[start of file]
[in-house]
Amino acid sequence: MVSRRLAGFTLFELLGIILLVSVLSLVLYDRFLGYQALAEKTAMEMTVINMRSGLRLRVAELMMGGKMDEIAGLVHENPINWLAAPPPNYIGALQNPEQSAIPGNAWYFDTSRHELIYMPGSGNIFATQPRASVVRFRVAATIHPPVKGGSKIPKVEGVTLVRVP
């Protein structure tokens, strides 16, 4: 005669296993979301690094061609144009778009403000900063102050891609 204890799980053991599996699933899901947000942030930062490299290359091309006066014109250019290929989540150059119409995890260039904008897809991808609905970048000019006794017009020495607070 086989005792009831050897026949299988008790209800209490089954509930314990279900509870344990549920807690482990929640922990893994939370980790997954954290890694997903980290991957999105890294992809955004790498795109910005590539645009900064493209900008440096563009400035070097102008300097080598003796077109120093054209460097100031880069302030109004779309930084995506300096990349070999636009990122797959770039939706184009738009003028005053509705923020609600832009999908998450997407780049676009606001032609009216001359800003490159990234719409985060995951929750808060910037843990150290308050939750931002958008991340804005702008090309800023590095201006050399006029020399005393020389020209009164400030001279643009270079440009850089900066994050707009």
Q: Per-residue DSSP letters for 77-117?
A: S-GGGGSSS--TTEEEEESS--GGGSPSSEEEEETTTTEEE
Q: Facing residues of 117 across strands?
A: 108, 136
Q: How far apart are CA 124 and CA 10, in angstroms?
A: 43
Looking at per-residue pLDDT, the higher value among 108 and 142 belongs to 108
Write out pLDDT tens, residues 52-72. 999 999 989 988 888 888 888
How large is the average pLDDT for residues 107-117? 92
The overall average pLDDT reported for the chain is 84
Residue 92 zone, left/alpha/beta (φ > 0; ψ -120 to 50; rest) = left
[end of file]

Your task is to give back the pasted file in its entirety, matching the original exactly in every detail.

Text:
[in-house]
Amino acid sequence: MVSRRLAGFTLFELLGIILLVSVLSLVLYDRFLGYQALAEKTAMEMTVINMRSGLRLRVAELMMGGKMDEIAGLVHENPINWLAAPPPNYIGALQNPEQSAIPGNAWYFDTSRHELIYMPGSGNIFATQPRASVVRFRVAATIHPPVKGGSKIPKVEGVTLVRVP
């Protein structure tokens, strides 16, 4: 005669296993979301690094061609144009778009403000900063102050891609 204890799980053991599996699933899901947000942030930062490299290359091309006066014109250019290929989540150059119409995890260039904008897809991808609905970048000019006794017009020495607070 086989005792009831050897026949299988008790209800209490089954509930314990279900509870344990549920807690482990929640922990893994939370980790997954954290890694997903980290991957999105890294992809955004790498795109910005590539645009900064493209900008440096563009400035070097102008300097080598003796077109120093054209460097100031880069302030109004779309930084995506300096990349070999636009990122797959770039939706184009738009003028005053509705923020609600832009999908998450997407780049676009606001032609009216001359800003490159990234719409985060995951929750808060910037843990150290308050939750931002958008991340804005702008090309800023590095201006050399006029020399005393020389020209009164400030001279643009270079440009850089900066994050707009």
Q: Per-residue DSSP letters for 77-117?
A: S-GGGGSSS--TTEEEEESS--GGGSPSSEEEEETTTTEEE
Q: Facing residues of 117 across strands?
A: 108, 136
Q: How far apart are CA 124 and CA 10, in angstroms?
A: 43
Looking at per-residue pLDDT, the higher value among 108 and 142 belongs to 108
Write out pLDDT tens, residues 52-72. 999 999 989 988 888 888 888
How large is the average pLDDT for residues 107-117? 92
The overall average pLDDT reported for the chain is 84
Residue 92 zone, left/alpha/beta (φ > 0; ψ -120 to 50; rest) = left